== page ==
I whole-heartedly believe that racism is completely idiotic and irrational, and I would never defend the ideas that people like this spout off. But I live in America, which, in case you’ve forgotten, is the land of the free, and I will defend that freedom with every breath I have, even for those who I’d rather never hear from again.

 

Obviously, this is going to be a bit of a touchy subject, and I’d love to hear your thoughts, because, like I said, I believe in free speech and the exchange of ideas. So let’s talk. Do you believe you should be allowed to punch Nazis? Do you think the government should be allowed to ban their gatherings? Am I totally missing some major point that makes all of this make sense? Let me know what you think.

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6 thoughts on “Why I Refuse to Punch a Nazi

  1. As for me I do not think the gathering of such groups, including Nazis, or the Klan, are appropriate, it obviously effects someone, whether it be physically or emotionally. It says that you are free to say what you want (freedom of speech) and that is not the issue, it’s the conflicts that arrive after such meetings. I’m not saying that these groups get together and plan on conflicts to arise, but I am saying that the groups cause this voilence that arises after such hate speeches.
    After saying this I think that the government could make these groups, less noticable. Free speech is a wonderful thing, but when do these kind of things go too far, as far as disturbing the peace? I can’t blast My favorite Mixtape on my Boom Box without having an angry man yell at me (also technically disturbing the peace) from across the street! When are white people with teekee torches disturbing the peace? When does protesting turn into a traffic jam? When it gets out of hand, then people get irrational and say things like,
    “If this protester gets in front of my car, I’m gonna hit this dude.” People get angry and say things like punching Nazis, but you simply can’t, and to be fair something (such as the government) should be able to step in to “keep the peace” by whatever means necessary.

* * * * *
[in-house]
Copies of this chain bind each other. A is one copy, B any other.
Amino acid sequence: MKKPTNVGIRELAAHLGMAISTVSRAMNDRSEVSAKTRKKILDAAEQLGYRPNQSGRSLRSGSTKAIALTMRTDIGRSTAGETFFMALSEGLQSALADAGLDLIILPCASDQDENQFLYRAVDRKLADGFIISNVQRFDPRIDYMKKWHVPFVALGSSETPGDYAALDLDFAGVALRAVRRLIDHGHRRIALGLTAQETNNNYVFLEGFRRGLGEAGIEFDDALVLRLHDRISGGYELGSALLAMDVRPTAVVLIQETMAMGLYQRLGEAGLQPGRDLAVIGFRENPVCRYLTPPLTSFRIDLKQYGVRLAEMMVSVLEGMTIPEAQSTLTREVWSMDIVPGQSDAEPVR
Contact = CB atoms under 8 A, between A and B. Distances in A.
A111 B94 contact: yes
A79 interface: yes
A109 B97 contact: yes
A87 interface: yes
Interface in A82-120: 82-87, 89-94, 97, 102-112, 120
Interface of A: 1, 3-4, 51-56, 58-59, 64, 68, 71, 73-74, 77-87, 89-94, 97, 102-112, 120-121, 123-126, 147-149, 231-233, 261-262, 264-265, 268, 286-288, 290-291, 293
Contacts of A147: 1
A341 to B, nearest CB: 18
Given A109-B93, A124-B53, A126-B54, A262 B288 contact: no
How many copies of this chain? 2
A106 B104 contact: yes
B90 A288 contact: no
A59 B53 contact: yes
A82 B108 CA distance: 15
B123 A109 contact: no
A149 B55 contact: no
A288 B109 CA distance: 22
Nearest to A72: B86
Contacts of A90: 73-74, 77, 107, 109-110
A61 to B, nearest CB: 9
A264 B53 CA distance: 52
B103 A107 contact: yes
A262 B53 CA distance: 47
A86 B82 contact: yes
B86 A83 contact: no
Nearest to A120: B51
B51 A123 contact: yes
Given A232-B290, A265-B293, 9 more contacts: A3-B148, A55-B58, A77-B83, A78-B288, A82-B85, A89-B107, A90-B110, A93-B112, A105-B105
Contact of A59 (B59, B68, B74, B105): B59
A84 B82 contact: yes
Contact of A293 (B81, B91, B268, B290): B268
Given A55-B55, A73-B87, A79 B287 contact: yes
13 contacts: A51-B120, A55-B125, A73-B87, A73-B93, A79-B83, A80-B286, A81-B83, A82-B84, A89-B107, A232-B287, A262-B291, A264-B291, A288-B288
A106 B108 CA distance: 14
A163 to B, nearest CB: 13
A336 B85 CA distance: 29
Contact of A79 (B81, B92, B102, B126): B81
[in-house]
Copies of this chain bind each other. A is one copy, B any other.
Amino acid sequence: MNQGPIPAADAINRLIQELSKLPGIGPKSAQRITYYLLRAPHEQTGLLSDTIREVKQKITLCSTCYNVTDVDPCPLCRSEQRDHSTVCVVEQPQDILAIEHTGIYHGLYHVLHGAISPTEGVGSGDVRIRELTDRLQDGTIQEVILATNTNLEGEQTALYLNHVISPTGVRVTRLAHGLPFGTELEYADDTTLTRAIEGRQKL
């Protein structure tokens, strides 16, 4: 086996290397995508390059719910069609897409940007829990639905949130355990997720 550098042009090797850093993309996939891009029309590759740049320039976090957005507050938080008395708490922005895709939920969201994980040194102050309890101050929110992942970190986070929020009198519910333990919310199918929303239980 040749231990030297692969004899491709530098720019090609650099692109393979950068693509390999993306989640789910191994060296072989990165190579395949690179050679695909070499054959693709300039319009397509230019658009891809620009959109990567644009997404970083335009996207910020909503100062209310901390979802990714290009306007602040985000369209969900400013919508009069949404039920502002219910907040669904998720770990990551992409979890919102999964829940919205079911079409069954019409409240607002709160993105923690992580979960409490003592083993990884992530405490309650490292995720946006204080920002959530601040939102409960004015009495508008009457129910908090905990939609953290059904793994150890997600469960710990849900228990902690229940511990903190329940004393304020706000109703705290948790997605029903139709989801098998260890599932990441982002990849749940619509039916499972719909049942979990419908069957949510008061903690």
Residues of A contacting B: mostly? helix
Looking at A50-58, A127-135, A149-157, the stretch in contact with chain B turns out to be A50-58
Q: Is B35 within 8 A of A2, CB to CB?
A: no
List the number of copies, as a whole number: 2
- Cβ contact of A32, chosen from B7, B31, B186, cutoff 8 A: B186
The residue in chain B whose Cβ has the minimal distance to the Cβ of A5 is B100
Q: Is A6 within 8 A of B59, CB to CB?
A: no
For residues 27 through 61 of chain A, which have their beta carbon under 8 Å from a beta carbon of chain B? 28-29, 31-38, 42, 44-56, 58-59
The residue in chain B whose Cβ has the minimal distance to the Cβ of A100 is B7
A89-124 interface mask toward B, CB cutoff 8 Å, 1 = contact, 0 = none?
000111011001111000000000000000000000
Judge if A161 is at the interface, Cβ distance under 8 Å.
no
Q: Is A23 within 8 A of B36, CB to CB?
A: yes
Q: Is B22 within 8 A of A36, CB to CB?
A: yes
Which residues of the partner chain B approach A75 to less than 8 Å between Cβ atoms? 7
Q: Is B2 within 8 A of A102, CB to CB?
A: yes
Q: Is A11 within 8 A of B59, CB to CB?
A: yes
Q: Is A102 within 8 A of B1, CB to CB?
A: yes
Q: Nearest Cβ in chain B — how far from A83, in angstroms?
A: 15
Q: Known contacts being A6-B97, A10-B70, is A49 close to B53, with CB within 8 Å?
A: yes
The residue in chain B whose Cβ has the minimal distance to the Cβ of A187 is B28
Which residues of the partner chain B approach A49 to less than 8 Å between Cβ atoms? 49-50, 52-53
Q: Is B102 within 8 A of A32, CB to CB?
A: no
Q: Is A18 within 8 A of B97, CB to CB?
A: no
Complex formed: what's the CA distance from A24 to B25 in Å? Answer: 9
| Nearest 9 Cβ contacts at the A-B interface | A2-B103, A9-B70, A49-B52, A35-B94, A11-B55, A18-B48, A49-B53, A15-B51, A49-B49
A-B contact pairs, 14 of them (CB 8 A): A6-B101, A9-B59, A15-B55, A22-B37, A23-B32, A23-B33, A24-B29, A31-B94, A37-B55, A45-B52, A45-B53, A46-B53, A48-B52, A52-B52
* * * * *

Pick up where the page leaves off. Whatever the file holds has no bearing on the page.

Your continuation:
Why do I say this, well we’ve done it before to keep the peace and I think we’re going weak, letting protester of a Nazi Party agenda, go around with a common backyard accessory.
    [The Whiskey Rebellion (also known as the Whiskey Insurrection) was a tax protest in the United States beginning in 1791 during the presidency of George Washington. The so-called “whiskey tax” was the first tax imposed on a domestic product by the newly formed federal government. It became law in 1791, and was intended to generate revenue for the war debt incurred during the Revolutionary War]
    After this the president, George Washington, took his men, and killed every last protester in order to keep peace across America.
    Now I’m not saying we need to go kill Nazis, but I am saying action needs to be taken in order to keep peace, (not punching Nazis) and if the problem continues, I feel that larger steps need to be taken in order to take care of the problem.

  2. Thanks for your thoughts, Ian, let’s go through them and I’ll try to give you my answers to them.
    Your first point is that these rallies are affecting people “physically and emotionally.” We’ll get to the physical part a little later on, so bear with me on that, but as far as these rallies being emotionally affecting…isn’t that what they’re supposed to do? No matter what the cause the march or rally is in support of, the whole point of it is to draw an emotional response. Whether it’s about pro-choice or pro-LGTBQ or pro-black or pro-white, all of these events are meant to draw the light to their specified cause and make people think about it. So I don’t think that’s an extremely valid argument.
    On to the physical part, you said that “I’m not saying that these groups get together and plan on conflicts to arise, but I am saying that the groups cause this violence that arises after such hate speeches.” Like I said in the original article, hate speech is just speech and can’t be made illegal without falling down a very slippery slope. However, the violent acts made by people in the wake of (or during) these rallies and speeches should be cracked down on, regardless of which side they’re on. Individuals should be punished for the crimes they commit, not the organizations they are a part of. I believe in that as a general principle, and I don’t think we should make an exception here.
    As far as making these groups “less noticeable,” the best way to do that would be to not incite violence at their rallies so they get less coverage. Despite being a “supremacist” group, they thrive on playing the victim, just like many other groups here in America and across the world. The harder you hit them, the more people are going to join them and the harder they’ll dig into their trenches, it’s simple psychology.